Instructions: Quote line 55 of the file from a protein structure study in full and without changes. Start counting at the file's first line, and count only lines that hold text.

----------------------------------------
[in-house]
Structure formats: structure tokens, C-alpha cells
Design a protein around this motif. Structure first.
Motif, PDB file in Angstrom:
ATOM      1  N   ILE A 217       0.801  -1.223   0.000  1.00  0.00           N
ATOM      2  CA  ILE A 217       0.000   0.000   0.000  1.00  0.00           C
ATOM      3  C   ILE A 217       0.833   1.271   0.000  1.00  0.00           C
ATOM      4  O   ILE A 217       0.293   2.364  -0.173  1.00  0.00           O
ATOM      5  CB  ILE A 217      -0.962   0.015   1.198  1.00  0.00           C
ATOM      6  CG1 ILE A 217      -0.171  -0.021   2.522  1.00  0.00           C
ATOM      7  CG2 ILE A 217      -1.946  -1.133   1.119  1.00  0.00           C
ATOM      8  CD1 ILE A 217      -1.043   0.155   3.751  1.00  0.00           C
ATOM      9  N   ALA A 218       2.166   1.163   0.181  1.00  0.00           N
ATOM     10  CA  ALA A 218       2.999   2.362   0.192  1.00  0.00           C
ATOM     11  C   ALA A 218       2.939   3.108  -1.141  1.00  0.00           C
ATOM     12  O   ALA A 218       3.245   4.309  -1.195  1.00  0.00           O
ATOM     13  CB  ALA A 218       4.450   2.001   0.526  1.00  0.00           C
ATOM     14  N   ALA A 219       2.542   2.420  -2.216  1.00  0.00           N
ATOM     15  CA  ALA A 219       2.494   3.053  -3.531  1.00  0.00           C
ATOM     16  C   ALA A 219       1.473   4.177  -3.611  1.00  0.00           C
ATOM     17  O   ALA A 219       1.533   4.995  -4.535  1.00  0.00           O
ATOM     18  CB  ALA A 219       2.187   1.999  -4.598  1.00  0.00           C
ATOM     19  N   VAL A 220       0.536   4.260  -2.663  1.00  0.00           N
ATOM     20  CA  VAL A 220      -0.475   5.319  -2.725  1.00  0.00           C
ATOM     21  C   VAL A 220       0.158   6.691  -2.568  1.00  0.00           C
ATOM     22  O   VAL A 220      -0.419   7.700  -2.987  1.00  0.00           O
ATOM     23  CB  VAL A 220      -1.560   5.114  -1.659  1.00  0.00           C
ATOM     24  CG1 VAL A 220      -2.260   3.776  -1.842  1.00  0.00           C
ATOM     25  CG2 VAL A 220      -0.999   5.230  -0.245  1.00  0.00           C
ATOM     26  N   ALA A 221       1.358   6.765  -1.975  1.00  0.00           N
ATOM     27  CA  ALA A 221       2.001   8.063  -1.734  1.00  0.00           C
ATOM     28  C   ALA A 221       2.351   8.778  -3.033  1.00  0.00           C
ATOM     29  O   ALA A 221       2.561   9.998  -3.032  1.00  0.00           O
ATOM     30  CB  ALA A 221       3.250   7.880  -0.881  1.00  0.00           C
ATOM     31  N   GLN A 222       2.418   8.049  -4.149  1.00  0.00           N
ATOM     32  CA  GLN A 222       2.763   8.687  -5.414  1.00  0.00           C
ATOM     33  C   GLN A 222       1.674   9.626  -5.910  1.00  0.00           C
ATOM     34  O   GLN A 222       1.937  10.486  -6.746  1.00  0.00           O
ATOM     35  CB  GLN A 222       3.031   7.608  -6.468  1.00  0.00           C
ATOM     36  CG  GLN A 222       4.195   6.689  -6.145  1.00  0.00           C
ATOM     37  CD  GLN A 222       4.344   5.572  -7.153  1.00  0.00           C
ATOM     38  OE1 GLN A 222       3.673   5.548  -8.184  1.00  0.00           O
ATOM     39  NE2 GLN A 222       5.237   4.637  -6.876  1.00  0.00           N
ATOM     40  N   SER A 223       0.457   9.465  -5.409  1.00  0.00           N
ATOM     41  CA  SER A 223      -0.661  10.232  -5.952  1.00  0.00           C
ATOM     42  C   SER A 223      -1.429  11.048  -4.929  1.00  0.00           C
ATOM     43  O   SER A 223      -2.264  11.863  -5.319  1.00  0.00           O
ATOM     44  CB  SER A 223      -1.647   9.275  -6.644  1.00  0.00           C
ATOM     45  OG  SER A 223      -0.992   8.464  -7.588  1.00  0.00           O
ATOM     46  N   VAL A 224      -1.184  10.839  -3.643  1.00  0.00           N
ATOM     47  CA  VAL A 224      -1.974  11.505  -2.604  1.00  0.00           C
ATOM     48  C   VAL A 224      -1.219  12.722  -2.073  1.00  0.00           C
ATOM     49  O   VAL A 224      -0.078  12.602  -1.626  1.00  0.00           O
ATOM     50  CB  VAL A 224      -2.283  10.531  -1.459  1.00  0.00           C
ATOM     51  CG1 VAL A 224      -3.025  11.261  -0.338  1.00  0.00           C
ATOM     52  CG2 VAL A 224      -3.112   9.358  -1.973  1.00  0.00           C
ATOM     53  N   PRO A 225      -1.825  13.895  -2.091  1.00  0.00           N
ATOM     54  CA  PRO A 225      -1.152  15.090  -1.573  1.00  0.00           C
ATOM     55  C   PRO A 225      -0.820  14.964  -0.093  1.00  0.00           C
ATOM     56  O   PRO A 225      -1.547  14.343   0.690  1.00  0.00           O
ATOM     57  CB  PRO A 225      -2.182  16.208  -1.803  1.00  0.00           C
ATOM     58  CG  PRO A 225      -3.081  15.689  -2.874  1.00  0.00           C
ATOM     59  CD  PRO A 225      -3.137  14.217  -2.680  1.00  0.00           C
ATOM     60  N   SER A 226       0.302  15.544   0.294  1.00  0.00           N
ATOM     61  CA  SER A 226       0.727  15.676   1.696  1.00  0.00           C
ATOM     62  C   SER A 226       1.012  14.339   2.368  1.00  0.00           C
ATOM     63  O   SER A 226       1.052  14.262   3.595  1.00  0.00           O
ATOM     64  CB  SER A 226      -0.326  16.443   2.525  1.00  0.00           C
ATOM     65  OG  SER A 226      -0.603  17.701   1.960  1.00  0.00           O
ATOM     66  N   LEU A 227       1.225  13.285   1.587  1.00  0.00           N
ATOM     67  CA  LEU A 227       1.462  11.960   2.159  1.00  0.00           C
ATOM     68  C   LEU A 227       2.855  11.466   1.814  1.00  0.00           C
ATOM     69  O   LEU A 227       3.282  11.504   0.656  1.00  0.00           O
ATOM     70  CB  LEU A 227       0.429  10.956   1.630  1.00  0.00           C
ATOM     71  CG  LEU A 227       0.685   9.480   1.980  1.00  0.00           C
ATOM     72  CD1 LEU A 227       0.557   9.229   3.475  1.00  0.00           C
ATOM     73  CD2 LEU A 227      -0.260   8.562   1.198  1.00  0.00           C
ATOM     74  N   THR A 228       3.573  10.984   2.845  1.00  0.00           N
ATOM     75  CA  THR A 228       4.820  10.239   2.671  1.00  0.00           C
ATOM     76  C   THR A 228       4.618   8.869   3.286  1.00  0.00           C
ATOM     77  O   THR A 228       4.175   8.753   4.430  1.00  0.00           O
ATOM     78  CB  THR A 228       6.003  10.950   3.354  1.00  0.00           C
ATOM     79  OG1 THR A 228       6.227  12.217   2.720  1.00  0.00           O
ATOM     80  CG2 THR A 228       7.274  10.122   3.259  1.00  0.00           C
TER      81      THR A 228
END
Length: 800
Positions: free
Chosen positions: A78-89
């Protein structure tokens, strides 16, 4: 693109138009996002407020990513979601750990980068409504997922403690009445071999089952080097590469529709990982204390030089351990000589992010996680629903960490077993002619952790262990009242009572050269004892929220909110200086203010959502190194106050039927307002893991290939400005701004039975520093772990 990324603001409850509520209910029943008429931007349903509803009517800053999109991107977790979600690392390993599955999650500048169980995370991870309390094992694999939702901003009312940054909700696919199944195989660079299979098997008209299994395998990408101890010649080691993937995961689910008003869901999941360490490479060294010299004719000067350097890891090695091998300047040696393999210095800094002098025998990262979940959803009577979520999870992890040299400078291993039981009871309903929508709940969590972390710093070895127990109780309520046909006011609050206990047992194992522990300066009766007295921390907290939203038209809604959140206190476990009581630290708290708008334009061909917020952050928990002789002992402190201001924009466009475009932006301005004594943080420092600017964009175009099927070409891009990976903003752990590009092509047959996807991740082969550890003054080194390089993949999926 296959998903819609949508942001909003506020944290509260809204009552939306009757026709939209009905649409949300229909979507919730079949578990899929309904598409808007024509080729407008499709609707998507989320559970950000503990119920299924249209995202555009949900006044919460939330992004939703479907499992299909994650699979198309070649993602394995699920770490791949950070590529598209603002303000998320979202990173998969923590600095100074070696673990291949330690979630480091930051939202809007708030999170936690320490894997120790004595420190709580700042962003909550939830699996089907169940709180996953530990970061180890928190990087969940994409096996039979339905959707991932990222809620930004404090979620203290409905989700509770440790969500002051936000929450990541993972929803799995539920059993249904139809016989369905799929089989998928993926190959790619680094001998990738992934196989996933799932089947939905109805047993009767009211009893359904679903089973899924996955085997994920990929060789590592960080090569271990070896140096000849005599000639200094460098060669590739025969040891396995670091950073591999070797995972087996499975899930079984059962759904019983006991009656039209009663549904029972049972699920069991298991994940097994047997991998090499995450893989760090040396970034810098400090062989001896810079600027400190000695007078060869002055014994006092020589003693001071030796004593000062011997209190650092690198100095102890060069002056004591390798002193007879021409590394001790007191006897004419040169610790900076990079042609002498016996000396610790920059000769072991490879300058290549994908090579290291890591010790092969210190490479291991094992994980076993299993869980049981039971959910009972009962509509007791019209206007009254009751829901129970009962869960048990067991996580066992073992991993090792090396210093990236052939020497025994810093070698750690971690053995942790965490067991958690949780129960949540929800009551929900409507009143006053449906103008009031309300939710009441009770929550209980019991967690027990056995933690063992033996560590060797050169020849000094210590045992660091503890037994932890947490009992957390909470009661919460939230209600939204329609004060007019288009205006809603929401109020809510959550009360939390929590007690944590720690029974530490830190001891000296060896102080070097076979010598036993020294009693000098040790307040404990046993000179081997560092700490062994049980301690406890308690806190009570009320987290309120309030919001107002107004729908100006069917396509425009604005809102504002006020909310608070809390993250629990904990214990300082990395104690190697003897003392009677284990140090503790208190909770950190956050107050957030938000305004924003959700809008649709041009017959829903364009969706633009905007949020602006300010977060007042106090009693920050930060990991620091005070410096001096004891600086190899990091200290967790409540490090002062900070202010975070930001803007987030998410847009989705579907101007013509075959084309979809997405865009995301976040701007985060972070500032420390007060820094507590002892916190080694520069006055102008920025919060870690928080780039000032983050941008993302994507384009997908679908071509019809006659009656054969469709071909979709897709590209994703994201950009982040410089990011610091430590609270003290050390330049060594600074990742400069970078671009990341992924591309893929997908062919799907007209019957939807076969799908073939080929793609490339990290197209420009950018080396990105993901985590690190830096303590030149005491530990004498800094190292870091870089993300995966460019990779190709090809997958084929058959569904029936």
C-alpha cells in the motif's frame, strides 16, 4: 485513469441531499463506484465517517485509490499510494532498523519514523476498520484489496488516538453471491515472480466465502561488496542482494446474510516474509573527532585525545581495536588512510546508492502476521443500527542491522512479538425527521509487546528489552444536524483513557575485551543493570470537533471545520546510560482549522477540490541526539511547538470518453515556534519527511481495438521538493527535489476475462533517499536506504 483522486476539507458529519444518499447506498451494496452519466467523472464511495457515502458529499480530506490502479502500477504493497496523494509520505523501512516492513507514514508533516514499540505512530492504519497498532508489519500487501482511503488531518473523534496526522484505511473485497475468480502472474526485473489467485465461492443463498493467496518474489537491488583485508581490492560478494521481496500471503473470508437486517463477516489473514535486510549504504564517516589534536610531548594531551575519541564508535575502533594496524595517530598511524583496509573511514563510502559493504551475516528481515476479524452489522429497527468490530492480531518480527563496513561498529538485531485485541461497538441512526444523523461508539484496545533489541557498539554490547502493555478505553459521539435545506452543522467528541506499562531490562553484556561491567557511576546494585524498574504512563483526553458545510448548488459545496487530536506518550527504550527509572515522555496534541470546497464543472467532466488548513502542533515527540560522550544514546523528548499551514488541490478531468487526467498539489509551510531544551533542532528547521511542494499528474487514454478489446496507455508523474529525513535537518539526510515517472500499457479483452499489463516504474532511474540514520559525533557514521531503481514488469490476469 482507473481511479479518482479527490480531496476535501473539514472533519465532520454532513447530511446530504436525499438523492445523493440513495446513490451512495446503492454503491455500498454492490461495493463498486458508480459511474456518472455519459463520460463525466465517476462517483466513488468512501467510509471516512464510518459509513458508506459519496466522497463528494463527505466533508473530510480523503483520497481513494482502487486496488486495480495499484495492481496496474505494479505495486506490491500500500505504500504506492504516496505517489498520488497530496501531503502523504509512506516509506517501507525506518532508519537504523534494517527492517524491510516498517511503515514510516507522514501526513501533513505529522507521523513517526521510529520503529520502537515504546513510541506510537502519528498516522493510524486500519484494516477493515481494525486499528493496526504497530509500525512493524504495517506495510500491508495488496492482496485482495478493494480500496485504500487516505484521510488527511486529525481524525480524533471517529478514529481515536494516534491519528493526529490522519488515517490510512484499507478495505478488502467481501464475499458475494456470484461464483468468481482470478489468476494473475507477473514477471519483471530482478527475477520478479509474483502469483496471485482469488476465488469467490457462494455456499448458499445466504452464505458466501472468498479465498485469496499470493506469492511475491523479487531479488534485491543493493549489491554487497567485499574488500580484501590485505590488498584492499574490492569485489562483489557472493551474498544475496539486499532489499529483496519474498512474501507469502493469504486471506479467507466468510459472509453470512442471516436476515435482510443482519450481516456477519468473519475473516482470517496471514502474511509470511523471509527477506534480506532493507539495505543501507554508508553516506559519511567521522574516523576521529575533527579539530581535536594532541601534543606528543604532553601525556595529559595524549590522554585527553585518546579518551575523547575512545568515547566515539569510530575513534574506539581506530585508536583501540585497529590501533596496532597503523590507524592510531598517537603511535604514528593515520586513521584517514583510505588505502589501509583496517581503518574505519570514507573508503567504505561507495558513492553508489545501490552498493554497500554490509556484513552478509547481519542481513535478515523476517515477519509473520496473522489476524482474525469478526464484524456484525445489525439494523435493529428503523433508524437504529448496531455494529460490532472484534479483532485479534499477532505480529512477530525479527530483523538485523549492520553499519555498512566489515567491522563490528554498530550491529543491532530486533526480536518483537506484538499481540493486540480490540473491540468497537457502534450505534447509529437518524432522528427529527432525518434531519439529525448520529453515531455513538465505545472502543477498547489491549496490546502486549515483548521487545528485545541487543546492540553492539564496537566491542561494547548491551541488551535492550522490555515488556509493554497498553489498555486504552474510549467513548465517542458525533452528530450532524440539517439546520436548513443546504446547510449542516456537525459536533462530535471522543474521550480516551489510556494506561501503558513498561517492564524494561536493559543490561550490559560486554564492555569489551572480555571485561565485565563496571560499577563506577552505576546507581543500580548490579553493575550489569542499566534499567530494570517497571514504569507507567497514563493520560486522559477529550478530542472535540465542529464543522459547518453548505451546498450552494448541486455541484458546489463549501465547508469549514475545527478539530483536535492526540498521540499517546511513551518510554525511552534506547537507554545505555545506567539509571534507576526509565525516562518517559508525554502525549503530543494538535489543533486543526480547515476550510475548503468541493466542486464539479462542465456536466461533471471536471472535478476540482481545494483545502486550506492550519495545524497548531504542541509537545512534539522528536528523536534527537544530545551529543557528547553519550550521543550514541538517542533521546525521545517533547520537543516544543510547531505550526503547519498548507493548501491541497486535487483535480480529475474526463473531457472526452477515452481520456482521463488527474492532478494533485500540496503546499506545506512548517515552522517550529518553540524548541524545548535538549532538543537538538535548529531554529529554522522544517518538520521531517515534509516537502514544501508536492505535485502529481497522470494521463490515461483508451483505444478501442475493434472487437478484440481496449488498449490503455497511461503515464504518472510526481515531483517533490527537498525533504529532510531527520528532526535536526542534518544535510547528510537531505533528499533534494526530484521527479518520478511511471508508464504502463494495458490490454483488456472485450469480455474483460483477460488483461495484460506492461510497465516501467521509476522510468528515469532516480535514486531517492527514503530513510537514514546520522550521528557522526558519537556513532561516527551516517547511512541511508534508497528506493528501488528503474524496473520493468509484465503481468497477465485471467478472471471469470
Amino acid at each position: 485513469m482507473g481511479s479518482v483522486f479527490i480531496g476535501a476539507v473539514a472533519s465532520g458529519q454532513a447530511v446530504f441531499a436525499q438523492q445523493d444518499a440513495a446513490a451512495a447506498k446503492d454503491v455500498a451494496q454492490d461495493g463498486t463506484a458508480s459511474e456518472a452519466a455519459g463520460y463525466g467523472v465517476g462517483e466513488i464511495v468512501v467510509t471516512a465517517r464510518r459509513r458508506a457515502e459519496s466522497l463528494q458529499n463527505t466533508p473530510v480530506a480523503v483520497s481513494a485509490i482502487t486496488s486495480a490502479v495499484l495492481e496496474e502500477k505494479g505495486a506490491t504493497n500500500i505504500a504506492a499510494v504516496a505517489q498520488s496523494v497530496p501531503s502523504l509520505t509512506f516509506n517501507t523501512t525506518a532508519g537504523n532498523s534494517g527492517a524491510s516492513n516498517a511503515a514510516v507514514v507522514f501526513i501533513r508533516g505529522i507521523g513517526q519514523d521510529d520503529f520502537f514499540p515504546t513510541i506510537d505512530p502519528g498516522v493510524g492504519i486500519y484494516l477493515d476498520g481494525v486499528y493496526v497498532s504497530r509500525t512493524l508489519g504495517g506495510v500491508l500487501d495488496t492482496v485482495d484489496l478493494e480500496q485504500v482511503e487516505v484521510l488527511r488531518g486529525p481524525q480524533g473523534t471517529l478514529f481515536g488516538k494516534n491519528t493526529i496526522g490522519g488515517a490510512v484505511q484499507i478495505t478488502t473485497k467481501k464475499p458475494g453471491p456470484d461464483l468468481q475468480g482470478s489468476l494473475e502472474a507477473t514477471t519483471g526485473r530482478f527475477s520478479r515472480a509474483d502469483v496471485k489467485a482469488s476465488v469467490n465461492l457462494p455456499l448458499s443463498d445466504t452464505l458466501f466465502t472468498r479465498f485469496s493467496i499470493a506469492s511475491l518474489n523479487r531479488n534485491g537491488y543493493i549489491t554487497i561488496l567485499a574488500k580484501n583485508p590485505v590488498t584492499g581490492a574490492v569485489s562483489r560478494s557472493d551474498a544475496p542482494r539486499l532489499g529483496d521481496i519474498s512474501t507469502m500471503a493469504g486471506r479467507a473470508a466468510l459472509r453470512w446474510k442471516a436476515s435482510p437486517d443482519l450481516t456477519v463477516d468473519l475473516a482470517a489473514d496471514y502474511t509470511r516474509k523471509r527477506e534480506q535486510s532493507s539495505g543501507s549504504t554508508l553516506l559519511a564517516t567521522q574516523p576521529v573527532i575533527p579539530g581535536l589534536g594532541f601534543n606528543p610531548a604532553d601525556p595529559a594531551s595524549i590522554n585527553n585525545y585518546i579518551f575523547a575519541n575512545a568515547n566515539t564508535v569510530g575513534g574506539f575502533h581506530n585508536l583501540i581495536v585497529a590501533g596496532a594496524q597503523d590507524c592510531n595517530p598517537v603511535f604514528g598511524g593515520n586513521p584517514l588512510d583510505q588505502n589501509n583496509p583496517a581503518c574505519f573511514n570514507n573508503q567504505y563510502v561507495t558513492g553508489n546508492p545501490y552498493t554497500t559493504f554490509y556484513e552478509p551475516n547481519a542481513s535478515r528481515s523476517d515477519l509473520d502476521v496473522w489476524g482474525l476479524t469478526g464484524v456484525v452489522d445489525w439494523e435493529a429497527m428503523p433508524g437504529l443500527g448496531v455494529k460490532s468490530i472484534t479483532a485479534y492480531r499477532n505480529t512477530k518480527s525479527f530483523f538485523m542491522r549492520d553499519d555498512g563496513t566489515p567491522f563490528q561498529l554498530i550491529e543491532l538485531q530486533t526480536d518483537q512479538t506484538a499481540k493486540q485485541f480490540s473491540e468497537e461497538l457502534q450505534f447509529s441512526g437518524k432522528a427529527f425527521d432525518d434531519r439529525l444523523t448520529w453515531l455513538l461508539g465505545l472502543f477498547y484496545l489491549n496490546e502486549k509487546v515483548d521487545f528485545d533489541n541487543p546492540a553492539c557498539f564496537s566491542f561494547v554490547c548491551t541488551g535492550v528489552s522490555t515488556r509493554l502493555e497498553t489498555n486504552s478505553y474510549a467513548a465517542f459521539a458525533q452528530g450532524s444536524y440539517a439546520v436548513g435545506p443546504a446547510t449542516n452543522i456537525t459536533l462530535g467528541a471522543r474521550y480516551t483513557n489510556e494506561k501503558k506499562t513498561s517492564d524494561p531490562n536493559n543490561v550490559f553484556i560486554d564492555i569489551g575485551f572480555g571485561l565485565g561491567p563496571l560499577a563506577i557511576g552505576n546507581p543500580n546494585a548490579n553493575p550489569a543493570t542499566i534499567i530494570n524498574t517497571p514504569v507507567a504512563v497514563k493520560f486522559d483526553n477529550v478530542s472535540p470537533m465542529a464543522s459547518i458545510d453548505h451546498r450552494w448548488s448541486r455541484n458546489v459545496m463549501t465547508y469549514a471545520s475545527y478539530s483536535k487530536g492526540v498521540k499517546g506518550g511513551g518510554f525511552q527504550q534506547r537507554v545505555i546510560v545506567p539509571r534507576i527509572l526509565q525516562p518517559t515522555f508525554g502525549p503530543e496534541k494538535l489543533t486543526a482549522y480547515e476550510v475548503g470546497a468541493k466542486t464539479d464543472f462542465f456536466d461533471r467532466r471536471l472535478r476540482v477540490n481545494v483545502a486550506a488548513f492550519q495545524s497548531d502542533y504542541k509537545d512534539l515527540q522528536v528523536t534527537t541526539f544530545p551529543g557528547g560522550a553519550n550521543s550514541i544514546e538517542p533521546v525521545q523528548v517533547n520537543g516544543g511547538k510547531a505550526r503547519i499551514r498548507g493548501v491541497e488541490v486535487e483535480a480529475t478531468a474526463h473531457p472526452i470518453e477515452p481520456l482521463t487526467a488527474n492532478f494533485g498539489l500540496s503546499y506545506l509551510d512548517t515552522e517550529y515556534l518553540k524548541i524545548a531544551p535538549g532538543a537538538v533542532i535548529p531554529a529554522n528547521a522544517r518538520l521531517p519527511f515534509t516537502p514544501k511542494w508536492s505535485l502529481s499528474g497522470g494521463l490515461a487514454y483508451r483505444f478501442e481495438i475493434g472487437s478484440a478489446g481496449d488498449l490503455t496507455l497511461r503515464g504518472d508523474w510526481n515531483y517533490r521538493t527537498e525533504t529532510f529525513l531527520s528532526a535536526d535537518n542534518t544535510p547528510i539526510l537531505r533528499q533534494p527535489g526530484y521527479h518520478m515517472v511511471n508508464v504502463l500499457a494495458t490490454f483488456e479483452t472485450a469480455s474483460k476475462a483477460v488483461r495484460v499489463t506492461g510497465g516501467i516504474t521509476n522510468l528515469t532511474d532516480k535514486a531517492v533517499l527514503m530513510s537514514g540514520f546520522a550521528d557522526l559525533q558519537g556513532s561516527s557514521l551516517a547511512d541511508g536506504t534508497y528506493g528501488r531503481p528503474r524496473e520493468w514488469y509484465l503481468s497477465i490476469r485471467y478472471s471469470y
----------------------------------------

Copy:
ATOM     51  CG1 VAL A 224      -3.025  11.261  -0.338  1.00  0.00           C